In this article, we will discuss certain crucial initiatives adopted by India to achieve the relevant recommendations of MER 2010 and the benefits that were sought to be unearthed by implementing such regulatory measures.


In pursuance of the aforementioned political declaration adopted by the Special Session of the United Nations General Assembly, in 2002, the Indian Parliament enacted the Prevention of Money Laundering Act, 2002 (PMLA, 2002/ PMLA) which came into effect on July 1, 2005. The objective for implementation of the PMLA, 2002 was to prevent money-laundering and to provide for confiscation of property derived from, or involved in, money-laundering and for matters connected therewith or incidental thereto.

It is a comprehensive legislation inter alia aimed at:

  • preventing money-laundering and connected activities;
  • confiscation of proceeds of crime, setting up of agencies; and
  • mechanisms for coordinating measures for combating money-laundering, etc

PMLA, 2002 initially prescribed a monetary threshold of Rs. 30,00,000/- for several offenses covered thereunder, which was criticised by the FATF in India's MER 2010. Accordingly, Recommendations 1 and 2 of the MER proposed doing away with a monetary threshold to bring the definition of money laundering in line with the Vienna and Palermo Conventions.

Recommendation 1 of the MER also suggested that the definition under Section 3 of the PMLA regarding offence of money laundering should be brought in line with the Vienna and Palermo Conventions so as to fully cover physical concealment as well as acquisition, possession and use of all relevant proceeds of crime. Further, Recommendation 3 of the MER suggested that confiscation of property laundered should be specifically covered under PMLA, and such confiscation should not be dependent on conviction of a person for a scheduled offence under the PMLA.

By an amendment in 2012, the aforementioned lacunae under Recommendations 1 and 2 were resolved. This amendment did away with the monetary threshold for offences under the PMLA and enlarged the definition of offence of money laundering in Section 3 of the PMLA to include therein the activities like concealment, acquisition, possession and use of proceeds of crime as criminal activities.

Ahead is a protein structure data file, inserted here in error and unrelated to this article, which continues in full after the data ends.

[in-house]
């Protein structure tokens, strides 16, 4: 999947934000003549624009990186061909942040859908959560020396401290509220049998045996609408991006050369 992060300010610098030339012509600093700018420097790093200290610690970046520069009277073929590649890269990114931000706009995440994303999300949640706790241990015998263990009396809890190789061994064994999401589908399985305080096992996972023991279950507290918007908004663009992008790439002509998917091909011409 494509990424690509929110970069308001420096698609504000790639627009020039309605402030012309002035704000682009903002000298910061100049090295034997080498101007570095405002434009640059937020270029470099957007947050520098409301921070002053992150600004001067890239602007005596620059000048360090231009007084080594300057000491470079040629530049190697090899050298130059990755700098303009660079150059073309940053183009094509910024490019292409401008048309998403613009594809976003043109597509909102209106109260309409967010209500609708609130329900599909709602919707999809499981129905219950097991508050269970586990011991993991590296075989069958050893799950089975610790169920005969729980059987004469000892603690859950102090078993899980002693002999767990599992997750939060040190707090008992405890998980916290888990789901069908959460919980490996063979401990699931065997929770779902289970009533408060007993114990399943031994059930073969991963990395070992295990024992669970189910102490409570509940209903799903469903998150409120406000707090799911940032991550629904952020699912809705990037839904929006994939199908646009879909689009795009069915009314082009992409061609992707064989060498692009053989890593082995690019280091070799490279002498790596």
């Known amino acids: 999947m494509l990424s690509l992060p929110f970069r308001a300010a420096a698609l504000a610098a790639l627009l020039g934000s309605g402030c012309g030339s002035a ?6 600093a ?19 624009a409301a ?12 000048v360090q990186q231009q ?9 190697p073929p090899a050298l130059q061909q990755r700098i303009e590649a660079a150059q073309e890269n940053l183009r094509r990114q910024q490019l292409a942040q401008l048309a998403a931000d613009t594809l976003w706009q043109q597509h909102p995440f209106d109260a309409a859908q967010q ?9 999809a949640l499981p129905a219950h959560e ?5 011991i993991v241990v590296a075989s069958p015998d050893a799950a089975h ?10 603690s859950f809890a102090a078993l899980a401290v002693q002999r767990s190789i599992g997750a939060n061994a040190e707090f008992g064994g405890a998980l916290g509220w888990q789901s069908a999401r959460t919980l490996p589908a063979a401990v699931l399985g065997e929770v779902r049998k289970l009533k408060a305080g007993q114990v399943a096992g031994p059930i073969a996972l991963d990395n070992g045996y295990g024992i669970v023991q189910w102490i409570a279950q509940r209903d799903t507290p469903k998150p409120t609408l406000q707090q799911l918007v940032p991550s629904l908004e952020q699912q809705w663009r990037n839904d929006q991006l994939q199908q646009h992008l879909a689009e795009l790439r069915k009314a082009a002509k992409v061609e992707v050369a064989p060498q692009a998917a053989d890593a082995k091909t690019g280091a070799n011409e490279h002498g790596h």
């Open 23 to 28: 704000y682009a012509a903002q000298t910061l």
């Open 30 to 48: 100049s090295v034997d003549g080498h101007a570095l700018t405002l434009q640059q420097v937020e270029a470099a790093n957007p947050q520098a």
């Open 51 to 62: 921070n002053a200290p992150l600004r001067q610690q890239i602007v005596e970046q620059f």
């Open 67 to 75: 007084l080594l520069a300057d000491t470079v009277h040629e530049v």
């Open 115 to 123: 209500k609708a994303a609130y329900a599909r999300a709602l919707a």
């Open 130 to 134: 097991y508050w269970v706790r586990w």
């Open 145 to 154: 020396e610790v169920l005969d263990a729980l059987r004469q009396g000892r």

Similarly, as far as the requirement of conviction under a predicate offense for confiscation of property under the PMLA is concerned, the same was also addressed by the same amendment of 2012. Sections 5 and 8 of the PMLA were amended to ensure that the pre-requisite of conviction under a predicate offense for confiscation of property was done away with, and such confiscation is now dependent on registration of predicate offence investigation at a judicial level, either in India or in any other country.

The above amendments, alongwith widening of ambit of DNFBPs covered under PMLA, and undertaking of stringent monitoring and supervising of anti-money laundering laws by regulatory bodies in India, which is dealt with in detail in the latter part of this article, various recommendations of the FATF provided in the MER, 2010 were considered to have been largely complied with.

The amendments undertaken pursuant to the FATF recommendations has enabled India to implement robust anti-money laundering laws in India. As per the latest available Government data, as on January 31, 2023, a total of 1142 prosecution complaints have been filed. The proceeds of crime of Rs. 15,623.68 Crores have been identified and confiscated the PMLA out of which substantial part of attached proceeds of crime are still under adjudication by the Adjudicating Authority. In addition to this, property having the value of Rs. 862.43 crore has already been confiscated to the Central Government under the orders of the competent court.2


For effective implementation of the PMLA 2002, a central Financial Intelligence Unit – India (FIU-IND) was established in 2004, which centralises and coordinates most of India's AML/CFT strategies.

The FIU-IND was set up by the Indian government vide O.M. dated November 18, 2004 as the central national agency responsible for receiving, processing, analyzing and disseminating information relating to suspect financial transactions. FIU-IND is also responsible for coordinating and strengthening efforts of national and international intelligence, investigation and enforcement agencies in pursuing the global efforts against money laundering and financing of terrorism. The FIU-IND has been made a fully functional body in line with the recommendation of APG MER and FATF Recommendation 26.